Ghosts write essays for cash
A 1,500-word essay ordered by Fairfax Media last week cost $270, gaining the fictitious student a B+ mark in a COMS101 paper. The essay was emailed to Fairfax only three hours before its deadline, suggesting that the essay was intended not as a study aide, but rather as a finished product for a student to hand in.
Professor Vernon Squire, Otago University’s Deputy Vice Chancellor regarding Academic and International Affairs, reassured Critic that “the University has strong policies and procedures in place to deal with dishonest practices, including that of students passing off the work of others as their own.” When questioned about the University’s awareness of sites such as Assignment4U, Squire said he was aware of another site called NoteBoat.
NoteBoat does not offer customised essays to order, but instead offers notes and essay examples from previous years. These would be detected by the University’s anti-plagiarism software if submitted. Squire added that “there have been no instances of students being caught using bought assignments that have been customised for particular courses.” However, the University has “disciplined” students who have “plagiarised material from online sites that offer prewritten essays.”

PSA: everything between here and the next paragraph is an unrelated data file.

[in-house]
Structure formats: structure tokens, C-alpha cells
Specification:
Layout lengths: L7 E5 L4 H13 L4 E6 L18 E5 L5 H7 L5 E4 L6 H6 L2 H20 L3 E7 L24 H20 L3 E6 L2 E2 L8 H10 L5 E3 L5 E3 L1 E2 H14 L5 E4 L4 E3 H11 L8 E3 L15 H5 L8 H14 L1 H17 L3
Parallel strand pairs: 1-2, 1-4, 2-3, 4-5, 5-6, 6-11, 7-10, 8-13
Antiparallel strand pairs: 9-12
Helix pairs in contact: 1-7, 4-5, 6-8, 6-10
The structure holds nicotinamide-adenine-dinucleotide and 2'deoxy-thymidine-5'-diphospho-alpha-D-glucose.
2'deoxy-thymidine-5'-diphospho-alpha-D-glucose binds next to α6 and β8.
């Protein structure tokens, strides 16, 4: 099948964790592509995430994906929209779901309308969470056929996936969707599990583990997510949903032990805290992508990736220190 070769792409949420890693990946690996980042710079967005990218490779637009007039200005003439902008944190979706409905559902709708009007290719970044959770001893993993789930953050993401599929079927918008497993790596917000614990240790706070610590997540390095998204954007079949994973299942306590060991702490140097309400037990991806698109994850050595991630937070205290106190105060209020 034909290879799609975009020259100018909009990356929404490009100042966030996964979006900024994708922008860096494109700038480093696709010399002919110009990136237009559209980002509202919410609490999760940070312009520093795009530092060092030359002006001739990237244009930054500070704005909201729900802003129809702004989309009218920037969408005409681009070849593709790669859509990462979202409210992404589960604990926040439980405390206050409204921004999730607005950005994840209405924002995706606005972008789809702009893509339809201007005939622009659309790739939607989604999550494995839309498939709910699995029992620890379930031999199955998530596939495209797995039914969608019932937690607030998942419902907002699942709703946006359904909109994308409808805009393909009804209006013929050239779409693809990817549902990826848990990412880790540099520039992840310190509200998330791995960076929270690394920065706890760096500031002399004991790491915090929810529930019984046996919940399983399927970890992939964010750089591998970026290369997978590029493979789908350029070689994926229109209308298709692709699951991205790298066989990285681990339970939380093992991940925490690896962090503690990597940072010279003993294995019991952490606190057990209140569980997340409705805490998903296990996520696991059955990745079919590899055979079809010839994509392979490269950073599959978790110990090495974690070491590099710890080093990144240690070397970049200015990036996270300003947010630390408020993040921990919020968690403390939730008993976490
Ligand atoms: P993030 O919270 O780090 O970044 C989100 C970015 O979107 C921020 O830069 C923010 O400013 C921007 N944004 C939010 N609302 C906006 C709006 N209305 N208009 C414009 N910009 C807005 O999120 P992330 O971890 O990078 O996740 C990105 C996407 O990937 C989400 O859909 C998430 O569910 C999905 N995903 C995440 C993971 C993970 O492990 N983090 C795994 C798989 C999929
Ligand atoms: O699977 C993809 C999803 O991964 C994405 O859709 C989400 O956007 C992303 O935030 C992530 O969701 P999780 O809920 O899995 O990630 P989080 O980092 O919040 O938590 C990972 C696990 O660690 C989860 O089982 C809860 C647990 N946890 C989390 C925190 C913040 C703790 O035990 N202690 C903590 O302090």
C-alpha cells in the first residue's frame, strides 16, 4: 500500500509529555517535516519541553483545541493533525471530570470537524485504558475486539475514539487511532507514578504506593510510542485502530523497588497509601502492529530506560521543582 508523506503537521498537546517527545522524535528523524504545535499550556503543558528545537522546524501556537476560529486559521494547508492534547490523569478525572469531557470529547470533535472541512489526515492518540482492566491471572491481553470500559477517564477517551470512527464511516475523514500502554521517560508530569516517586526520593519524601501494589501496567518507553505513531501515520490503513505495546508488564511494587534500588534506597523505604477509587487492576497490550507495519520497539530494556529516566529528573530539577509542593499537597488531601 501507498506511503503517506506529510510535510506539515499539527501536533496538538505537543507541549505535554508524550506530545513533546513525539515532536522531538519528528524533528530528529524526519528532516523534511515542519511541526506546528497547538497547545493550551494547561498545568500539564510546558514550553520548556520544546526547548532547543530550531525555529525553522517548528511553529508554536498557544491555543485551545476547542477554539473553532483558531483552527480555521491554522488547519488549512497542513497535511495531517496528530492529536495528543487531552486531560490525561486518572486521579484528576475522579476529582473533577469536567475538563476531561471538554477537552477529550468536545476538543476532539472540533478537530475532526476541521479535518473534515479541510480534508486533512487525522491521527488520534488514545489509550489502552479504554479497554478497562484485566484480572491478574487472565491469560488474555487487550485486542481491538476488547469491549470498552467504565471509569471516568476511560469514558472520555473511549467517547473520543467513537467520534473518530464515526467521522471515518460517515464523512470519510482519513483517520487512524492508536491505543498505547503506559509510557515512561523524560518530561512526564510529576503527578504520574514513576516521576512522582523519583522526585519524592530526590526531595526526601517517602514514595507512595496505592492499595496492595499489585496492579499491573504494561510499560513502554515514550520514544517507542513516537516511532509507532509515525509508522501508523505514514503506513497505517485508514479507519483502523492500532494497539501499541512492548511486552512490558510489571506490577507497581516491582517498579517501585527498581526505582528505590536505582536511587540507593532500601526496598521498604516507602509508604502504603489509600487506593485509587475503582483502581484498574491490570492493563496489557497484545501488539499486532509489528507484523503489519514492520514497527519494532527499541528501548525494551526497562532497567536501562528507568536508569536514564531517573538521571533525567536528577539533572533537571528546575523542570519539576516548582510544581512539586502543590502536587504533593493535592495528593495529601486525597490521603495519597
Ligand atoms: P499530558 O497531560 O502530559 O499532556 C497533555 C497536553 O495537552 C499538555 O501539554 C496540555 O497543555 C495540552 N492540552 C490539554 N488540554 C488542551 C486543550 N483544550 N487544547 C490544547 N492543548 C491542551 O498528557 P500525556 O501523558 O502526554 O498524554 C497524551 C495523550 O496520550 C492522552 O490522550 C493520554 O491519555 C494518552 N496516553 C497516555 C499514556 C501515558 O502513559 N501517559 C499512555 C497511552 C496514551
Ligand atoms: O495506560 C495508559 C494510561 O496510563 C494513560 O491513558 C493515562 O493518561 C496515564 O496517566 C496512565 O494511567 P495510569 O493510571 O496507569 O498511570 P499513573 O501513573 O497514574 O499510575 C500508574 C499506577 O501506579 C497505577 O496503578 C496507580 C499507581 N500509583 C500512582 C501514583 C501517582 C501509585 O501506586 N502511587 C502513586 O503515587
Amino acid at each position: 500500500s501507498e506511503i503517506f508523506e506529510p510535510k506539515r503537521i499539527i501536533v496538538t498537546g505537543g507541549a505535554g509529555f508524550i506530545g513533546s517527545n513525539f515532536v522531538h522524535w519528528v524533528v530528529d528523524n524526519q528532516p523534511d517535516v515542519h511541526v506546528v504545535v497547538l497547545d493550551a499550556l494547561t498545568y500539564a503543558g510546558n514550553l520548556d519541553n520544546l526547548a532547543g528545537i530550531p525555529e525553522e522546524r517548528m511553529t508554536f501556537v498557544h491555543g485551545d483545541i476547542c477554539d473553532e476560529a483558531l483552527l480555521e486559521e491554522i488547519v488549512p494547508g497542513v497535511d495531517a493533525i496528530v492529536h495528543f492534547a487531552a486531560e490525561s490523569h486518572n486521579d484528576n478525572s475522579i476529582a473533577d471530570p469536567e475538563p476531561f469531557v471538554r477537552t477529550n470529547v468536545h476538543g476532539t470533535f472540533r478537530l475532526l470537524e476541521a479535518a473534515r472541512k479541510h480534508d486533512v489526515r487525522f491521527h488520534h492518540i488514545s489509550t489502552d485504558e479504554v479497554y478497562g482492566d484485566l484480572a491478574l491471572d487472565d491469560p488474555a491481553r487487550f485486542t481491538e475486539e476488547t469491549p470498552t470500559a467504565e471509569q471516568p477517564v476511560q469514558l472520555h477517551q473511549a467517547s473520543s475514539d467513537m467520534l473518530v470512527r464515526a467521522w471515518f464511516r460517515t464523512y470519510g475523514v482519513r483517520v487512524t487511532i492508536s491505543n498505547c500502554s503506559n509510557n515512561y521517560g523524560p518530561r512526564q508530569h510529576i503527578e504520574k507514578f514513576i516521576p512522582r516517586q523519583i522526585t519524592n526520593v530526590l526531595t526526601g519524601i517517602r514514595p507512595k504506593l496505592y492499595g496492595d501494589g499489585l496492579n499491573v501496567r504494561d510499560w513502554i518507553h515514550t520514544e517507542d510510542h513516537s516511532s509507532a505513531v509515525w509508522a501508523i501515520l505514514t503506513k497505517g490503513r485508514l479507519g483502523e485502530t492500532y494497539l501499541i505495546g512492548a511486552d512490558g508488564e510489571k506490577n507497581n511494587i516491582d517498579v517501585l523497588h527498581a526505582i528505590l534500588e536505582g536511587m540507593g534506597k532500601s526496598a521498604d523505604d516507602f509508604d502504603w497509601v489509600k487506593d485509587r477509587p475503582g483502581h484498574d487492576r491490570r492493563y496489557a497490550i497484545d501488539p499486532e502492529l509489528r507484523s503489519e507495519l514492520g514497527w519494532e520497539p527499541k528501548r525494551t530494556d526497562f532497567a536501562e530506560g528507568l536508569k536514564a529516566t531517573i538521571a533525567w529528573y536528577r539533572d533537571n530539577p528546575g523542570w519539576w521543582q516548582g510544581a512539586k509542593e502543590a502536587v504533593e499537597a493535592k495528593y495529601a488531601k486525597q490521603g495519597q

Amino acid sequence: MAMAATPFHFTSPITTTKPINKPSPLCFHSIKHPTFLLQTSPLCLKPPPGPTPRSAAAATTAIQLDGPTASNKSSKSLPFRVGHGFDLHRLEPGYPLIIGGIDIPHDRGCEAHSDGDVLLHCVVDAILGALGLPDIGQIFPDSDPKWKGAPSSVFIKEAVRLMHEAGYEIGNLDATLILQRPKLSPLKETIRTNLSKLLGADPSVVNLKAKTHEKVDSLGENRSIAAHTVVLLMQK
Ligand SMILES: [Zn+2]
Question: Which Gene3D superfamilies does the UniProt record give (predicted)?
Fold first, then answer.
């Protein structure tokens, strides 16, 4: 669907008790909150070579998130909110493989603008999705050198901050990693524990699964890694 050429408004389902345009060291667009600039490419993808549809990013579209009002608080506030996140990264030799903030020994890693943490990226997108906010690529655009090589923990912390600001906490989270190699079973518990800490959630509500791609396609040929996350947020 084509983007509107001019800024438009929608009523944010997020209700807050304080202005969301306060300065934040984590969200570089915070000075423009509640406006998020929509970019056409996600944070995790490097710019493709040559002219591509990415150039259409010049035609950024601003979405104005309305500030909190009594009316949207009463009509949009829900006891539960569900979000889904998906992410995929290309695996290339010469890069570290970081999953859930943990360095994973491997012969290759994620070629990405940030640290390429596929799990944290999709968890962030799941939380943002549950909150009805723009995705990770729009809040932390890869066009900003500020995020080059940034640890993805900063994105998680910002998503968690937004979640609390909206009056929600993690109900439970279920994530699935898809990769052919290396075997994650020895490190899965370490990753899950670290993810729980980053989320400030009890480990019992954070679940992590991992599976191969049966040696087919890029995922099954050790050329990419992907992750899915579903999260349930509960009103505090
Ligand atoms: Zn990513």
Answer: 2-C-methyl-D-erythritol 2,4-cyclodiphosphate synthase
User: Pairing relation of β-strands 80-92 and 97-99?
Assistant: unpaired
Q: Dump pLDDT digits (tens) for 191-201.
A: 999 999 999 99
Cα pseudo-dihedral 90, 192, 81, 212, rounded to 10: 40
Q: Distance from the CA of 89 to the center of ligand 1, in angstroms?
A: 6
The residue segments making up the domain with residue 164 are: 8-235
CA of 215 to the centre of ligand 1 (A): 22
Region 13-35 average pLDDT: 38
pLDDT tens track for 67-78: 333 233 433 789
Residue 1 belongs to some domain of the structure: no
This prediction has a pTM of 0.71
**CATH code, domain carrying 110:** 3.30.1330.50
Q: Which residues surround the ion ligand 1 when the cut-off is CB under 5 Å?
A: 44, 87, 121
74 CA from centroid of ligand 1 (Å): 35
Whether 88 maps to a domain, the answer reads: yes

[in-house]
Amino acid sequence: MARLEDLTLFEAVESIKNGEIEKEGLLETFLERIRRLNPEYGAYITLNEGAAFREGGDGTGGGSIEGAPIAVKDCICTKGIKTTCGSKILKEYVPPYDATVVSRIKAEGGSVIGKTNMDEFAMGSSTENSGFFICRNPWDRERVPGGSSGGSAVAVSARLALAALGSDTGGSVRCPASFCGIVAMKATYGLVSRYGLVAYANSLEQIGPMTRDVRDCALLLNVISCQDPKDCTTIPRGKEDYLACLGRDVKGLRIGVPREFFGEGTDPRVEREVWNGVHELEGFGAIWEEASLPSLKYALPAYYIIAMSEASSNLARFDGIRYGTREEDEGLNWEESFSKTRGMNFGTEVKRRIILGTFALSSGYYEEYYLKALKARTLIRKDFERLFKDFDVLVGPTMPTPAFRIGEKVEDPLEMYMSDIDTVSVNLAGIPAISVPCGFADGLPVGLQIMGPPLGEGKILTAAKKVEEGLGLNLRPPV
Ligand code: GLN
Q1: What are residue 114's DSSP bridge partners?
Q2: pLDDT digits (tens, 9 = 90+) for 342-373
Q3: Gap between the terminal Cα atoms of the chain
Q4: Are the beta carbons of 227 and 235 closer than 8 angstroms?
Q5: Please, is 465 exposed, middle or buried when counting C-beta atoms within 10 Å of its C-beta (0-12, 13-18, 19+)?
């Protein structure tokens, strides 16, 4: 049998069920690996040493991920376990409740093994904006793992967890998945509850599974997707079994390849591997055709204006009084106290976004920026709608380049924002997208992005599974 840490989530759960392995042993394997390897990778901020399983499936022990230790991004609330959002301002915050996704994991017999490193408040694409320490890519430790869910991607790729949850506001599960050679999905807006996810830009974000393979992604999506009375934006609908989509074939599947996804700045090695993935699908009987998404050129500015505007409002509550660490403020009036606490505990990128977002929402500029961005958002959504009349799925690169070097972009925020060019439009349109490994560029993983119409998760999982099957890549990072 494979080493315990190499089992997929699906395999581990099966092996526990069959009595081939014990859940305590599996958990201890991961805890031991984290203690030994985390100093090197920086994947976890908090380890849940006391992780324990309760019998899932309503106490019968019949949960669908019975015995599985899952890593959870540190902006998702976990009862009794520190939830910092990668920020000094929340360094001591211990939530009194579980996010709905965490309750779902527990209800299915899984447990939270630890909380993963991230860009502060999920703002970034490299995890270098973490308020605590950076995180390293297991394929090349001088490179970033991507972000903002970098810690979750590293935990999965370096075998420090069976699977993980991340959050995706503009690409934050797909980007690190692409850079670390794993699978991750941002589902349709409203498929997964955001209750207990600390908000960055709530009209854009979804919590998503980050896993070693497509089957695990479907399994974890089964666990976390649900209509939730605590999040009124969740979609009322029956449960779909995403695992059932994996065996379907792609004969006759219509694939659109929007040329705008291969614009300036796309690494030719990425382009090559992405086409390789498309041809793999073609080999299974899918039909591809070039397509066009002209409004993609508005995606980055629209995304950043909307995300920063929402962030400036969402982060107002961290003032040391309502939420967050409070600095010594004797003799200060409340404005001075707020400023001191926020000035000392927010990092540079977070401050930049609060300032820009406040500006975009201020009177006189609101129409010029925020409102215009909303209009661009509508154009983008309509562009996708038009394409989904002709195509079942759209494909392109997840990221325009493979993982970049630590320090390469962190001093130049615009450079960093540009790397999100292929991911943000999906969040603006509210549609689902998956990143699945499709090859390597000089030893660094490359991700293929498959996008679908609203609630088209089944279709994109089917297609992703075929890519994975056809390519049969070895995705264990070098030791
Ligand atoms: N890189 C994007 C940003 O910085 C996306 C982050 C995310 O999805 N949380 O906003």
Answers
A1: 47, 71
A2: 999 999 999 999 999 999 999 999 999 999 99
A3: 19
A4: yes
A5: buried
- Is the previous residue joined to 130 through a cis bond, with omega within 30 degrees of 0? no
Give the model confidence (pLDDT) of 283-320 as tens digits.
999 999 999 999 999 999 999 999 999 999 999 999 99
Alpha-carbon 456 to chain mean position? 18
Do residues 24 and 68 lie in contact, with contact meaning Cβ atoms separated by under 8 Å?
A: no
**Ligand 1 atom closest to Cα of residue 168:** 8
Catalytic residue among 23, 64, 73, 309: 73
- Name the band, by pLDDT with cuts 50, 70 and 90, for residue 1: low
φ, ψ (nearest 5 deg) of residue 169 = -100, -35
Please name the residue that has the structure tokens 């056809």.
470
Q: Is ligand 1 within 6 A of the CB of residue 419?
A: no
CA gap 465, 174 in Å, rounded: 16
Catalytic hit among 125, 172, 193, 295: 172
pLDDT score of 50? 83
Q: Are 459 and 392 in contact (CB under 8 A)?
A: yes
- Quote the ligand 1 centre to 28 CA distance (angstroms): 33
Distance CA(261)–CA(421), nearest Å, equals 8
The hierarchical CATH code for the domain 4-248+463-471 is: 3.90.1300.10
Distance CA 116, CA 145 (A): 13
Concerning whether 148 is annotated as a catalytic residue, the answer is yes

Squire added that even if anti-plagiarism software were thwarted, “irregularities in regard to the performance of an individual student would be detected by lecturers or tutors.”
A law change in August 2011 allows NZQA to prosecute owners of websites that advertise cheating services. These laws have not yet been used, but sites such as Assignment4U could serve as excellent test cases if sufficient evidence to warrant prosecution were discovered.